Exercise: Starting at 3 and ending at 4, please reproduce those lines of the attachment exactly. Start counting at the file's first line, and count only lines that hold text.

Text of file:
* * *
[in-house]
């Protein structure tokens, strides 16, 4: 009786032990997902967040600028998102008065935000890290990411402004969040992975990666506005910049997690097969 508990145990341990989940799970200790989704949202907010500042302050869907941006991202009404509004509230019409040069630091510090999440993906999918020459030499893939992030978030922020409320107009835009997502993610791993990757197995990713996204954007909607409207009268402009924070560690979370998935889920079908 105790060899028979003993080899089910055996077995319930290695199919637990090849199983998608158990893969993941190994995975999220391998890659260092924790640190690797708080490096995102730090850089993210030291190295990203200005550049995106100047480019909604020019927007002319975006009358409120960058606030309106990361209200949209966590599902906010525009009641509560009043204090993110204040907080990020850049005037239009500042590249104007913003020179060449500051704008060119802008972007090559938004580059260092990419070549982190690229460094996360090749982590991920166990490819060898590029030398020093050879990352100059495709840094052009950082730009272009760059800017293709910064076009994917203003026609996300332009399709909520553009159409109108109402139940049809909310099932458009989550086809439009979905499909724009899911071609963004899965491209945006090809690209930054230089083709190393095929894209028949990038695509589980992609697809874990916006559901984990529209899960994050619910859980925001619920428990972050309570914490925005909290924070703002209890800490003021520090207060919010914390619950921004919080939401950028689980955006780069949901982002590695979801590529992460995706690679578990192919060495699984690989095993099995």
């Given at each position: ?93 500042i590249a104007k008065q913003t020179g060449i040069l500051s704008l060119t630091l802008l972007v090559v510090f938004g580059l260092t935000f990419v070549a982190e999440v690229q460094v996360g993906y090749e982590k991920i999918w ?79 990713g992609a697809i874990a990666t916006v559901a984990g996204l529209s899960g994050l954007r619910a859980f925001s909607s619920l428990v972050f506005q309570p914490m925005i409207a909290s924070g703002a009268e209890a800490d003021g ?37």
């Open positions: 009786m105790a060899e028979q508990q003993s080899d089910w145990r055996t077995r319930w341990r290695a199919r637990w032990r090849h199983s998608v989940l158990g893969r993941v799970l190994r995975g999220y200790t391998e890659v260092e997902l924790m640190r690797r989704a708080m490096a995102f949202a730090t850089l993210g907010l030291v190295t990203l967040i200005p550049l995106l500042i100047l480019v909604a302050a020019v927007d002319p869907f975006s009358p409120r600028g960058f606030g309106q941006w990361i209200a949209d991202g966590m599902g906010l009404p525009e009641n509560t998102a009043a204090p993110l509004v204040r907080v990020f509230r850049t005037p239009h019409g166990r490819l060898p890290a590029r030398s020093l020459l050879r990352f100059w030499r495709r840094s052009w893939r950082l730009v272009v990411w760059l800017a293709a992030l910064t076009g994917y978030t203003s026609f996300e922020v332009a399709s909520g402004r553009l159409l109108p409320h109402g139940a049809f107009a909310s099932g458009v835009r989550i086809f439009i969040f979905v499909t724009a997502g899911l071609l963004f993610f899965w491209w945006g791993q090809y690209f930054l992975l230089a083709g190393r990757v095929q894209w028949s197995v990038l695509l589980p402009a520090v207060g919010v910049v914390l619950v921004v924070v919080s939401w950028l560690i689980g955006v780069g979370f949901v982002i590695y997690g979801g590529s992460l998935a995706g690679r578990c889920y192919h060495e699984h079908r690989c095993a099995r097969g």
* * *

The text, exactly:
């Given at each position: ?93 500042i590249a104007k008065q913003t020179g060449i040069l500051s704008l060119t630091l802008l972007v090559v510090f938004g580059l260092t935000f990419v070549a982190e999440v690229q460094v996360g993906y090749e982590k991920i999918w ?79 990713g992609a697809i874990a990666t916006v559901a984990g996204l529209s899960g994050l954007r619910a859980f925001s909607s619920l428990v972050f506005q309570p914490m925005i409207a909290s924070g703002a009268e209890a800490d003021g ?37």
């Open positions: 009786m105790a060899e028979q508990q003993s080899d089910w145990r055996t077995r319930w341990r290695a199919r637990w032990r090849h199983s998608v989940l158990g893969r993941v799970l190994r995975g999220y200790t391998e890659v260092e997902l924790m640190r690797r989704a708080m490096a995102f949202a730090t850089l993210g907010l030291v190295t990203l967040i200005p550049l995106l500042i100047l480019v909604a302050a020019v927007d002319p869907f975006s009358p409120r600028g960058f606030g309106q941006w990361i209200a949209d991202g966590m599902g906010l009404p525009e009641n509560t998102a009043a204090p993110l509004v204040r907080v990020f509230r850049t005037p239009h019409g166990r490819l060898p890290a590029r030398s020093l020459l050879r990352f100059w030499r495709r840094s052009w893939r950082l730009v272009v990411w760059l800017a293709a992030l910064t076009g994917y978030t203003s026609f996300e922020v332009a399709s909520g402004r553009l159409l109108p409320h109402g139940a049809f107009a909310s099932g458009v835009r989550i086809f439009i969040f979905v499909t724009a997502g899911l071609l963004f993610f899965w491209w945006g791993q090809y690209f930054l992975l230089a083709g190393r990757v095929q894209w028949s197995v990038l695509l589980p402009a520090v207060g919010v910049v914390l619950v921004v924070v919080s939401w950028l560690i689980g955006v780069g979370f949901v982002i590695y997690g979801g590529s992460l998935a995706g690679r578990c889920y192919h060495e699984h079908r690989c095993a099995r097969g």